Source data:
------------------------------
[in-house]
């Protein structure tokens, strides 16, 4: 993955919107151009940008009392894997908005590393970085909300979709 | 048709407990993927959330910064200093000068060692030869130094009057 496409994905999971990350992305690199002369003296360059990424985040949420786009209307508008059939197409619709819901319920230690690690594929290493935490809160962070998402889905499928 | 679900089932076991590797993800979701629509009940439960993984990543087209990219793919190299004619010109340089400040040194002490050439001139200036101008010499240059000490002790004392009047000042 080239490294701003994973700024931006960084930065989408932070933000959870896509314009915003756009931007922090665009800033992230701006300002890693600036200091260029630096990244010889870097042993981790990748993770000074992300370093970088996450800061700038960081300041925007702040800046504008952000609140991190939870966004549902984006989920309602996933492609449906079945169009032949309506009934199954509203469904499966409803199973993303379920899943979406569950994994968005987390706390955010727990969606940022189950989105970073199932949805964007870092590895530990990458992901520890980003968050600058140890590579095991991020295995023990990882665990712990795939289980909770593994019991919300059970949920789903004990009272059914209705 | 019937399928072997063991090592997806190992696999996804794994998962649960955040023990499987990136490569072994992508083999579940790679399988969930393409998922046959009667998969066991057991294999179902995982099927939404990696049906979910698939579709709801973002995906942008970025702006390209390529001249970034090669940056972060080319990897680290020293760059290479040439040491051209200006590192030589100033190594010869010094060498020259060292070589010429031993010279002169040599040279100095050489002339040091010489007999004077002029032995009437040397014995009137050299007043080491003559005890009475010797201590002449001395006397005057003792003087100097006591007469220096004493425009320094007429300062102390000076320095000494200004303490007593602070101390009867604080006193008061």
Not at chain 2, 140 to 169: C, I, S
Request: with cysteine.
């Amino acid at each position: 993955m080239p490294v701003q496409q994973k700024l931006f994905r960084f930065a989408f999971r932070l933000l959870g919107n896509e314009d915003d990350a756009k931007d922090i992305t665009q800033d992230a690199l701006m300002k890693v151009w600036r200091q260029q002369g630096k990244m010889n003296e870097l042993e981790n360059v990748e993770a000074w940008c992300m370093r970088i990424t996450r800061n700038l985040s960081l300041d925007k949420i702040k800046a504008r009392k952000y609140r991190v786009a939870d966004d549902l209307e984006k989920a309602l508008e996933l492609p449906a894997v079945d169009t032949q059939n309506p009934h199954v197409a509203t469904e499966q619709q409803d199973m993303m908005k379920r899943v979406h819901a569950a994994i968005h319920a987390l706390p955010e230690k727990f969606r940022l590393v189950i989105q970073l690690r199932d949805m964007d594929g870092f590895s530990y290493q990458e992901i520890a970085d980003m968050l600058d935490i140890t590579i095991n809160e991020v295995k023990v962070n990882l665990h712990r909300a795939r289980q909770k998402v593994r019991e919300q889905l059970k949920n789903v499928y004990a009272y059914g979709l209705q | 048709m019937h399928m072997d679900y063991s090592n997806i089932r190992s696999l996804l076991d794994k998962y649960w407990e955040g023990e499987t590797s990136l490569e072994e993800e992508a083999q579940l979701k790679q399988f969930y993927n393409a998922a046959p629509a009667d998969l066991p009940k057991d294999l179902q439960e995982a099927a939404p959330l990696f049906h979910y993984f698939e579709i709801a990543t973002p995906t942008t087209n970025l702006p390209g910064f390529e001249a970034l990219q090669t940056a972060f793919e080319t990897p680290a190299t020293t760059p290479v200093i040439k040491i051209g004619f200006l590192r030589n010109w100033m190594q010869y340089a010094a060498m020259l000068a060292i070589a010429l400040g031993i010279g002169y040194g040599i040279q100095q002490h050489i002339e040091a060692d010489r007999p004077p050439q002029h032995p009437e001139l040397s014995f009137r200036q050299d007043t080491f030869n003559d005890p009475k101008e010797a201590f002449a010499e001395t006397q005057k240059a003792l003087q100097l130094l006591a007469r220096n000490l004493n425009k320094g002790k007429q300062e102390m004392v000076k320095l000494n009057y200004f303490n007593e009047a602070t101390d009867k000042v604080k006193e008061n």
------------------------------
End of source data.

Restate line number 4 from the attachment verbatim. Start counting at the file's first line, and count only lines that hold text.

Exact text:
Request: with cysteine.